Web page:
From a man in the UK: As long as I can remember, I’ve had an issue where if I am holding a partner for more than 5-10 minutes, I get really physically tense. It builds in intensity, to the point where I just have to break away into my own space for a while. It can happen sat on the sofa, or when going to sleep. I don’t feel emotionally distressed, just a build of muscular tension where I really need to tense muscles as the tension builds to unbearable levels. It does feel like I need to escape/run, but I’m not at all emotionally panicked, it’s just a physical response to something. It’s rather like a purely physical portion of a fight/flight response.
If I break contact and stay separate from the partner, the tension dissipates within seconds. I find a more comfortable way for me to get to sleep is to turn my back on my partner and sleep on my side at a distance that is far enough away from them to fool my body that I am alone. It is greatly frustrating, as it just results in me having to pull away regularly. It doesn’t occur when I’m being intimate and aroused, just when normal and relaxed.
I’m a trained counsellor myself, and am clear that I’m not aware of any emotional stress or trigger other than being in someone’s arms. There is an aspect which might feel like I’m trapped, and the urgency of the physical need to get away is like a form of panic. I have spoken about this with my therapist before, but we couldn’t come up with anything obvious. I don’t remember any specific events of physical abuse as a child, but do believe I was hit by my father at times, and that it has left elements of distress in parts of my adult life. Though I’m not sure that is part of what I’m experiencing in this physical proximity stress.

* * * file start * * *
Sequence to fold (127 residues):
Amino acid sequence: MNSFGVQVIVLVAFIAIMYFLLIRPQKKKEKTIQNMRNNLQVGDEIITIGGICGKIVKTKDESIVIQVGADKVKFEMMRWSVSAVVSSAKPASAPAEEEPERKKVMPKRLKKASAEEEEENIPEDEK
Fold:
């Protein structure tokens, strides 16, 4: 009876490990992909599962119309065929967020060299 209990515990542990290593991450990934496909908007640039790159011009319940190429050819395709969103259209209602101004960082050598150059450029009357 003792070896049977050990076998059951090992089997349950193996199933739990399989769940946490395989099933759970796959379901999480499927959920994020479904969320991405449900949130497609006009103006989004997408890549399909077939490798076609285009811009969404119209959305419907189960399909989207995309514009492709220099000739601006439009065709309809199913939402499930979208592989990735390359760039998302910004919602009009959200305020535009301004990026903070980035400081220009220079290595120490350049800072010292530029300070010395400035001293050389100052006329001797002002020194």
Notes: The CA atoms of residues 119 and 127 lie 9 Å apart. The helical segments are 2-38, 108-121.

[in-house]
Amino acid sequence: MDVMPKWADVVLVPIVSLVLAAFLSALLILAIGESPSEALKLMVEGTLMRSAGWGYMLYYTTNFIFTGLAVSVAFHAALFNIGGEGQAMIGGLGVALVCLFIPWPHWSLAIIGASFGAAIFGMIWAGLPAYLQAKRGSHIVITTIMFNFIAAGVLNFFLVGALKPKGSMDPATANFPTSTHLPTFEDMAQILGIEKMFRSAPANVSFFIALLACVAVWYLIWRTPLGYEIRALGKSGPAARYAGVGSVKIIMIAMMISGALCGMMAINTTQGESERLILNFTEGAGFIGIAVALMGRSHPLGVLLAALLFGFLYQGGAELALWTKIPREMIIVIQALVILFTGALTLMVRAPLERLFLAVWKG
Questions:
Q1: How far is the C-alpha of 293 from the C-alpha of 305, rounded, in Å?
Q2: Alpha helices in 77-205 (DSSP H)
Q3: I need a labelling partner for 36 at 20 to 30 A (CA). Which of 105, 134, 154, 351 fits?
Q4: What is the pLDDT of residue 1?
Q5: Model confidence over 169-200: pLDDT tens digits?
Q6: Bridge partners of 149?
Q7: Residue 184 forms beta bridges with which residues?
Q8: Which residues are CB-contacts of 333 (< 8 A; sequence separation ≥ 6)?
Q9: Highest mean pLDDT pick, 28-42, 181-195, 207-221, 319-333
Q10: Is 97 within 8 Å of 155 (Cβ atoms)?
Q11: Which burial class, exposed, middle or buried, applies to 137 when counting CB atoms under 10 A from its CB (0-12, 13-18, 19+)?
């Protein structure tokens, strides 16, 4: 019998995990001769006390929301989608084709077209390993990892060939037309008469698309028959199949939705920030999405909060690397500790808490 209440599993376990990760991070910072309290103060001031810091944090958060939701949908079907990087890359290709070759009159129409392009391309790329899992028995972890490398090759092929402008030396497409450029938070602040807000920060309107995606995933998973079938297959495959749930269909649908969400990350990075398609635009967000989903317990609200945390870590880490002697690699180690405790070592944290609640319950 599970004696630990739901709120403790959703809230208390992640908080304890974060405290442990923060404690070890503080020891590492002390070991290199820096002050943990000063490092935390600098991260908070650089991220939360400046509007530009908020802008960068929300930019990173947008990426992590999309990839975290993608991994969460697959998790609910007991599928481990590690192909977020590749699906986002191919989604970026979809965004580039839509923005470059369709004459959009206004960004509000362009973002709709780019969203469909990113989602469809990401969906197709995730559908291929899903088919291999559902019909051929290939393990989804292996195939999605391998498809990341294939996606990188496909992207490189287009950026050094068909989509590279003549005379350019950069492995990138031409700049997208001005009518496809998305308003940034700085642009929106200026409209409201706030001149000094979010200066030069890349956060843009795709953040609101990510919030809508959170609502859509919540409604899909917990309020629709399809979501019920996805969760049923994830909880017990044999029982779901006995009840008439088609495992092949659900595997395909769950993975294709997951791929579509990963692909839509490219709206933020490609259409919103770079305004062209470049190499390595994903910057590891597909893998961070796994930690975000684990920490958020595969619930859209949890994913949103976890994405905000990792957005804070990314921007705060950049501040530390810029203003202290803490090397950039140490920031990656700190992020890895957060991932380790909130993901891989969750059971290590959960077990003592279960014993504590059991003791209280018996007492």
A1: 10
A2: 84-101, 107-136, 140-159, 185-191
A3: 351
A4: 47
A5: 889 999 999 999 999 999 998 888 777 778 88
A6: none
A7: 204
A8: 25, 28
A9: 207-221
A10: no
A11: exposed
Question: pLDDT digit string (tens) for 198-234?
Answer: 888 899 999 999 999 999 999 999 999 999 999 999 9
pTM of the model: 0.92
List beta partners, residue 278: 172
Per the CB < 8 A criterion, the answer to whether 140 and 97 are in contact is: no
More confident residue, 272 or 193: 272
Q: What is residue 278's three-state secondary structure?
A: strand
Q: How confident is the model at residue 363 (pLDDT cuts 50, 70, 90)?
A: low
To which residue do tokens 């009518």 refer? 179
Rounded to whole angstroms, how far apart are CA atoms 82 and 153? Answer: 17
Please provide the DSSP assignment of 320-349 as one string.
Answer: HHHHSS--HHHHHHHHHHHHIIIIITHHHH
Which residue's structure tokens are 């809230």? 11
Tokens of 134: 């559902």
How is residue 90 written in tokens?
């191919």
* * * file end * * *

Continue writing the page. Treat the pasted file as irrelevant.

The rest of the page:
Have you considered the possibility that this is a symptom of a sensory processing disorder? The cause of tactile-defensiveness such as you describe is often not an outcome of trauma but rather is neurological in origin. I suggest you do some research about it and see if it fits. If so, do consider seeing an Occupational Therapist for suggestions for treatment.
I wish you well. Dr. Marie
Anxious Physical Tension when Holding Partner
Dr. Marie Hartwell-Walker
Dr. Marie is licensed as both a psychologist and marriage and family counselor. She specializes in couples and family therapy and parent education. Follow her on Facebook or Twitter.
APA Reference Hartwell-Walker, D. (2018). Anxious Physical Tension when Holding Partner. Psych Central.
Retrieved on September 18, 2019, from https://psychcentral.com/ask-the-therapist/2017/01/11/anxious-physical-tension-when-holding-partner/
Last updated: 8 May 2018 Last reviewed: By a member of our scientific advisory board on 8 May 2018 Published on Psych Central.com. All rights reserved.